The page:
Since then, Solis has won major races like the Dubai World Cup with Pleasantly Perfect, and Breeders' Cup races with Johar and Pleasantly Perfect. He has won 4,376 races, 20 individual meet riding titles in California and Florida, and is one of three finalists among jockeys on this year's Hall of Fame ballot. Results will be announced May 30.
A little more than 20 years ago, it was Laffit Pincay Jr. who had label of best jockey never to win the big one. But in 1984, Pincay finally won the Derby in his 11th try, with Swale. Like Pincay - the sport's career leader in victories - Solis is from Panama. Solis first rode in this country in Florida, then in 1985 moved to California, where he has been based ever since. He set up his locker next to Pincay's, and soaked in the lessons from watching an all-star cast that also included greats like Eddie Delahoussaye, Chris McCarron, and Bill Shoemaker.
"Laffit was always my mentor," Solis said. "That's one of the reasons I moved from Florida to California in the 80's, because I wanted to polish myself and I wanted to ride against the better jockeys. Laffit was there. I'm very grateful to him and Chris McCarron, Delahoussaye, Fernando Toro, Bill Shoemaker. Laffit was the guy that I always wanted to be like."
Those are not empty words. Like Pincay, Solis is, as Hendricks said, "The most professional jockey in the game, the hardest working.
"He's got a work ethic like most trainers," Hendricks said. "He's dedicated. He looked up to Laffit. He couldn't have picked a better person to emulate."
Solis keeps his weight consistent by jogging on the racetrack each day after working horses in the morning and before the races in the afternoon. He does not get involved in card games or table tennis matches in the jockeys' room, preferring to read the past performances of upcoming races. At night, he studies replays and often works out on a spring-loaded hobby horse, which Solis built himself.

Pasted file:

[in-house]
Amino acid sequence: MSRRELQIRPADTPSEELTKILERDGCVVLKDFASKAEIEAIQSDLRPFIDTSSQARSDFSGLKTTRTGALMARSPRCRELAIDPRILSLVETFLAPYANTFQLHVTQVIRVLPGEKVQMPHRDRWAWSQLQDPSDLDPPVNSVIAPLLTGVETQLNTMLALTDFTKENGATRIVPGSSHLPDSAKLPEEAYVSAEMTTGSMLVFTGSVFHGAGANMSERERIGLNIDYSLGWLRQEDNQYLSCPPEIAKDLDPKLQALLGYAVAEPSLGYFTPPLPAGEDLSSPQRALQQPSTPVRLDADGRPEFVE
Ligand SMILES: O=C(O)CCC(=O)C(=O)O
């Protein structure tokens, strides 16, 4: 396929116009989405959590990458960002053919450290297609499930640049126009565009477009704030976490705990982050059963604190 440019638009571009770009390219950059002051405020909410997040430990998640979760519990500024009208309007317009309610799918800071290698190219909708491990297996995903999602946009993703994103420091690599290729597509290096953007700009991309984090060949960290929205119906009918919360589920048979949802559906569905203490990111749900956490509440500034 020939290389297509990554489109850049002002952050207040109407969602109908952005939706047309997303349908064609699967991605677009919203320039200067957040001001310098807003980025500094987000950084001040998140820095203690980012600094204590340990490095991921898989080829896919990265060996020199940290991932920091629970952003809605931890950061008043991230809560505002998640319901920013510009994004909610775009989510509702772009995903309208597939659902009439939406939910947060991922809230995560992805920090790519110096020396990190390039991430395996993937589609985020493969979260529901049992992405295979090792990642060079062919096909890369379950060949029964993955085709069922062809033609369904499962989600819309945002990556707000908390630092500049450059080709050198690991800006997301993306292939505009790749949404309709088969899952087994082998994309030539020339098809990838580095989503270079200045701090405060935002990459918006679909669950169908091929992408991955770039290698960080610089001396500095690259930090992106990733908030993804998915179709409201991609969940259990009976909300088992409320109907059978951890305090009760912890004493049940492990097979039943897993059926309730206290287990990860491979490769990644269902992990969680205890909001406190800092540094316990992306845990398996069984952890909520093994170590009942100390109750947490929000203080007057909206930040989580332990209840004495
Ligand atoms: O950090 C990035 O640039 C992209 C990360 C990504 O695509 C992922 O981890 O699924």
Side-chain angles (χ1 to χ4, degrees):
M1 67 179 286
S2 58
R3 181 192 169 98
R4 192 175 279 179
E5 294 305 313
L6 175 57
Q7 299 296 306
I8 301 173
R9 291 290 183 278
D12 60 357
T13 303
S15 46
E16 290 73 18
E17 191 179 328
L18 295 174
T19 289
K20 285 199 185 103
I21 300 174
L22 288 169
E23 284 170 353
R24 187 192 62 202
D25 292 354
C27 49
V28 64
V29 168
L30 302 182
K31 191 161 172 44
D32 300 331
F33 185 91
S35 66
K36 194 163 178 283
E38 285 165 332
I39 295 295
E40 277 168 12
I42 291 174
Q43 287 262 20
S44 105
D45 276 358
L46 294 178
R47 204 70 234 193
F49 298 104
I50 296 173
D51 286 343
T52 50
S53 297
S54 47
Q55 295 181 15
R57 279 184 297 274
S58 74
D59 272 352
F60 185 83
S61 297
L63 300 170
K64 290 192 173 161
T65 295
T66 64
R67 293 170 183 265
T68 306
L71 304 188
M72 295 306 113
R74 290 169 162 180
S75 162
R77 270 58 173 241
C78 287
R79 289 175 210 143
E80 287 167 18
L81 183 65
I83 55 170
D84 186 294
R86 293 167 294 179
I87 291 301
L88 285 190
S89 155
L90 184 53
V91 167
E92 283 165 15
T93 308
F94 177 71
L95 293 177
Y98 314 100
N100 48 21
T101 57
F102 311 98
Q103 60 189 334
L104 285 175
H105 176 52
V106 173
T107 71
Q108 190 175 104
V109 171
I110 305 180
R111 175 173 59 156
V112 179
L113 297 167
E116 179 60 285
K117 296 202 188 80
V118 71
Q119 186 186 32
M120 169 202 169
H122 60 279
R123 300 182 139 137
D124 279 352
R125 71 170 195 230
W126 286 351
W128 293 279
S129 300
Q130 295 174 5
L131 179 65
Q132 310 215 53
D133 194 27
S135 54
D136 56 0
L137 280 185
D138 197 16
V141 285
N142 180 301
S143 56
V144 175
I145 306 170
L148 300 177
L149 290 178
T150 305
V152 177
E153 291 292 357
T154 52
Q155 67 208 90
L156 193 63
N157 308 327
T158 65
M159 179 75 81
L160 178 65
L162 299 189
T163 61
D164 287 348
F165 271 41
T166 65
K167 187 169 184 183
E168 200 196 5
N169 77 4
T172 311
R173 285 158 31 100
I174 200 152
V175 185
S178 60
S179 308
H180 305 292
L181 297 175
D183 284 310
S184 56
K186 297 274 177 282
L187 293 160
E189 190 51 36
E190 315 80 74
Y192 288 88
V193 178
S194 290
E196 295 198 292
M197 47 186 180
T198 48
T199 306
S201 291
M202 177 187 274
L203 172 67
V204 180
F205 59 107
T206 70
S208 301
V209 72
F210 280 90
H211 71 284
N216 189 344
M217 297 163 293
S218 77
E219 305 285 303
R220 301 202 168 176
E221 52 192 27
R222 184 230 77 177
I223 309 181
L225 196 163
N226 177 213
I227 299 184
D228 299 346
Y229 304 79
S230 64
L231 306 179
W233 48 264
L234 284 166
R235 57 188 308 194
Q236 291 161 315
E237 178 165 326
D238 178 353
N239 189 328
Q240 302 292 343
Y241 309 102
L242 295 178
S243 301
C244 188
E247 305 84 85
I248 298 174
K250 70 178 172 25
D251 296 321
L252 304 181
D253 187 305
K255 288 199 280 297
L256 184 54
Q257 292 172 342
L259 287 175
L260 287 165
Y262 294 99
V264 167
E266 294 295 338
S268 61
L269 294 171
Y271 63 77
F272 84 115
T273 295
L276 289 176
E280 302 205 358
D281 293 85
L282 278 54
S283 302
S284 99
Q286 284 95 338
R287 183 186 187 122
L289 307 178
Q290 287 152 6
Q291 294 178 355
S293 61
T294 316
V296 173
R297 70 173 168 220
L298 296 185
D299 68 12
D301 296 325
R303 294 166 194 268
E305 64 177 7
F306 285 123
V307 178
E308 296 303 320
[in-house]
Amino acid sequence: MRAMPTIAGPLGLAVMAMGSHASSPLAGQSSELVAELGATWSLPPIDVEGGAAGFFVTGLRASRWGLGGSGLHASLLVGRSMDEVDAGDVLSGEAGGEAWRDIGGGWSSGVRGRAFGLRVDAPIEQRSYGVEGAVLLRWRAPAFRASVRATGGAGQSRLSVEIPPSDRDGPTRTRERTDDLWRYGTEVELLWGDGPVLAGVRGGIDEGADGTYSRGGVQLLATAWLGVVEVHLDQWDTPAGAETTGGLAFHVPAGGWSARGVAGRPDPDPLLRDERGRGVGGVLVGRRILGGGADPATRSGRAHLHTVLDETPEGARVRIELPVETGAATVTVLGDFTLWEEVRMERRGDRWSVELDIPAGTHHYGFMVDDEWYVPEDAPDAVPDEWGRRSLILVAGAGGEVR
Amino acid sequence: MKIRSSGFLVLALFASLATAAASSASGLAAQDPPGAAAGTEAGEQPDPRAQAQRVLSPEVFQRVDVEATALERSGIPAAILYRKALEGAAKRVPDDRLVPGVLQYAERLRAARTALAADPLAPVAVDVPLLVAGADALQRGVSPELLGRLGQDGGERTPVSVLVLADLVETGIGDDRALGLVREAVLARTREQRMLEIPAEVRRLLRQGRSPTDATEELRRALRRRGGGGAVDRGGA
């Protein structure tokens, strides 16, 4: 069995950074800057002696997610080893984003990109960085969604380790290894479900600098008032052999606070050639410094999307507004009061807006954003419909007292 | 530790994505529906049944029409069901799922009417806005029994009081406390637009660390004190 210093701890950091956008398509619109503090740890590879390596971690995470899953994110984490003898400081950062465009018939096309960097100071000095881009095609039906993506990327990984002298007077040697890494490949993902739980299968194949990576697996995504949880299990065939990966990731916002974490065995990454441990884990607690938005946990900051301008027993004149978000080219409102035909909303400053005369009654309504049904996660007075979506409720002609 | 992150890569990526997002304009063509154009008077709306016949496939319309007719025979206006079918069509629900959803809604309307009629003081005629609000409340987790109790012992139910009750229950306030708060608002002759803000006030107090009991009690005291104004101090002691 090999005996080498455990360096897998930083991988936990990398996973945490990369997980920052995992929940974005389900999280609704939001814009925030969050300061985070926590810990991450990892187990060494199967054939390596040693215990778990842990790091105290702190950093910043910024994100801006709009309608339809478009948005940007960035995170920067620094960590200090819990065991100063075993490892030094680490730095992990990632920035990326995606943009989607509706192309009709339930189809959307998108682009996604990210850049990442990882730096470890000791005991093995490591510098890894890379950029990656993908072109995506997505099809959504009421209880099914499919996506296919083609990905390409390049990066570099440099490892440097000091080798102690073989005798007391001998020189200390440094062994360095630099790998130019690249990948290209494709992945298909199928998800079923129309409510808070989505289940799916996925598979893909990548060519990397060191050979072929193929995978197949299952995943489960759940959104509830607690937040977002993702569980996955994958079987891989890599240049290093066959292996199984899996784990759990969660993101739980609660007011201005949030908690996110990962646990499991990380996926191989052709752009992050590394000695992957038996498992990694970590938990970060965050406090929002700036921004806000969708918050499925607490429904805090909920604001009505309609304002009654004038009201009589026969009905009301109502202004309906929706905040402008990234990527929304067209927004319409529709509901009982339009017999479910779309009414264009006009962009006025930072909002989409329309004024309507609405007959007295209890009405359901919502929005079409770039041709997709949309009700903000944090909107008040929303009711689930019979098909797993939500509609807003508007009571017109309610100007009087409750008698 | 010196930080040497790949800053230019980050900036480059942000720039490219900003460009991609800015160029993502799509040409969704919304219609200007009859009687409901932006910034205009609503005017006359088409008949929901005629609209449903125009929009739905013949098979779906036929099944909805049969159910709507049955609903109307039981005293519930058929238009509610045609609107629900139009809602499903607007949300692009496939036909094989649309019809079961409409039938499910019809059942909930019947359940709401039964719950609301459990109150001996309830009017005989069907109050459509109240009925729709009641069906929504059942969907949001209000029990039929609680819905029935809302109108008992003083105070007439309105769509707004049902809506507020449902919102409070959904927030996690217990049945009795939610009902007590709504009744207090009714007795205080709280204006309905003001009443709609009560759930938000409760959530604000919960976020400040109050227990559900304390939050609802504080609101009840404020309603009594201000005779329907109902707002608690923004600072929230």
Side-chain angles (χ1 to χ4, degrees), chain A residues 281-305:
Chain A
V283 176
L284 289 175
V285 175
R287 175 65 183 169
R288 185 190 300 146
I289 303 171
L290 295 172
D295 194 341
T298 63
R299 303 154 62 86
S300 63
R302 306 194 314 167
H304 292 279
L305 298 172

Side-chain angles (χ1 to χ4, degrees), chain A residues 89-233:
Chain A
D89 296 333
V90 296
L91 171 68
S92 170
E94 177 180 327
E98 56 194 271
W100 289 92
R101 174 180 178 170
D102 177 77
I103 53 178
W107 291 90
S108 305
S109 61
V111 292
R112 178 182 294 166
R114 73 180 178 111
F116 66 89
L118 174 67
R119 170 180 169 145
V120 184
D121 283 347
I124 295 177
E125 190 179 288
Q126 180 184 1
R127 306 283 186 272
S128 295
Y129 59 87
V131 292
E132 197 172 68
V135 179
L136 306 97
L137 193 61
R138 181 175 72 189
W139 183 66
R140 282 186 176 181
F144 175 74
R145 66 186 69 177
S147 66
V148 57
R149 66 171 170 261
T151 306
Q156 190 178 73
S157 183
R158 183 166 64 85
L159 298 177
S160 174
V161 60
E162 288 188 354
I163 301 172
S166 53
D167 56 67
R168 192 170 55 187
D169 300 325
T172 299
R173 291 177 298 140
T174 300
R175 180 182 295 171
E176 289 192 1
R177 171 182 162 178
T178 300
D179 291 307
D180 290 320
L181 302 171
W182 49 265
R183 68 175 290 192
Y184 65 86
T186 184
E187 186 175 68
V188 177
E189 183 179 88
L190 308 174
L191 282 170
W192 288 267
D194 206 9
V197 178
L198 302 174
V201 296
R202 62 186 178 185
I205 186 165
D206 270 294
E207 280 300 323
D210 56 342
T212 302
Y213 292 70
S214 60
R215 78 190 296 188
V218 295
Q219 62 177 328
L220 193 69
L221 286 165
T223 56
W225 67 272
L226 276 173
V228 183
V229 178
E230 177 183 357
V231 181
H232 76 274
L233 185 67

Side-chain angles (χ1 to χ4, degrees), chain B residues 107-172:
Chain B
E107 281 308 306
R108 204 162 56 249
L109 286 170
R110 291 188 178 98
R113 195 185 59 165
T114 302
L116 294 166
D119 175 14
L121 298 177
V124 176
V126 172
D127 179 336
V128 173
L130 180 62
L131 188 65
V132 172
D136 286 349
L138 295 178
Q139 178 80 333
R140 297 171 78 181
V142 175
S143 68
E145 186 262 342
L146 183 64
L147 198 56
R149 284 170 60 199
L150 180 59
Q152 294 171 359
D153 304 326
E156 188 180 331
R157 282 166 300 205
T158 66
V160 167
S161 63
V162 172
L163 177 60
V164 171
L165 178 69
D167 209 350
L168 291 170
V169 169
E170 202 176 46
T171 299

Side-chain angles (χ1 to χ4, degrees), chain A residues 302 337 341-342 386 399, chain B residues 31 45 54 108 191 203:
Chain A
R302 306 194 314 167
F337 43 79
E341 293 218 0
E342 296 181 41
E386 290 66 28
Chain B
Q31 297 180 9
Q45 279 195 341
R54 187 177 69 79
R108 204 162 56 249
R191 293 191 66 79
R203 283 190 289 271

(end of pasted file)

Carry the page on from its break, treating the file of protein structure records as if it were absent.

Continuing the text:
There is consistency and stability in his personal life, too. Solis has been married to the former Sheila Sonnier, the daughter of Midwestern trainer Bert Sonnier, for 22 years, and they have four children.
Within a year of arriving in California, Solis landed on the favorite for the Derby. Snow Chief, a California-bred colt who had won the Santa Anita Derby - just like Brother Derek - went off at 2-1, but never fired and finished 11th. Two weeks later, Snow Chief gave Solis his only victory in a Triple Crown race, in the Preakness.
That was his second mount in the Derby but his first great disappointment. Since then, Solis has finished second with Captain Bodgit in 1997, Victory Gallop in 1998, and Aptitude in 2000.
Solis has engineered plenty of upsets, most notably aboard Dare and Go when he stopped Cigar's 16-race winning streak and aboard Got Koko when she ended Azeri's win streak at 11.
After those kind of wins, Solis likes to celebrate with a bottle of wine. He is a dedicated oenophile, with a personal collection of 3,000 bottles.
"Blame it on Fernando Toro," Solis said of the retired jockey who is the godfather of Solis's daughter, Tiffany. "I never drank. When I went to California, Fernando and I became really good friends. Every time I was at his house and had dinner he offered me some wine. I started liking it, and he kind of got me hooked on it."
What will he drink if he wins?
"I guess we're going to open the whole cellar," he said, laughing.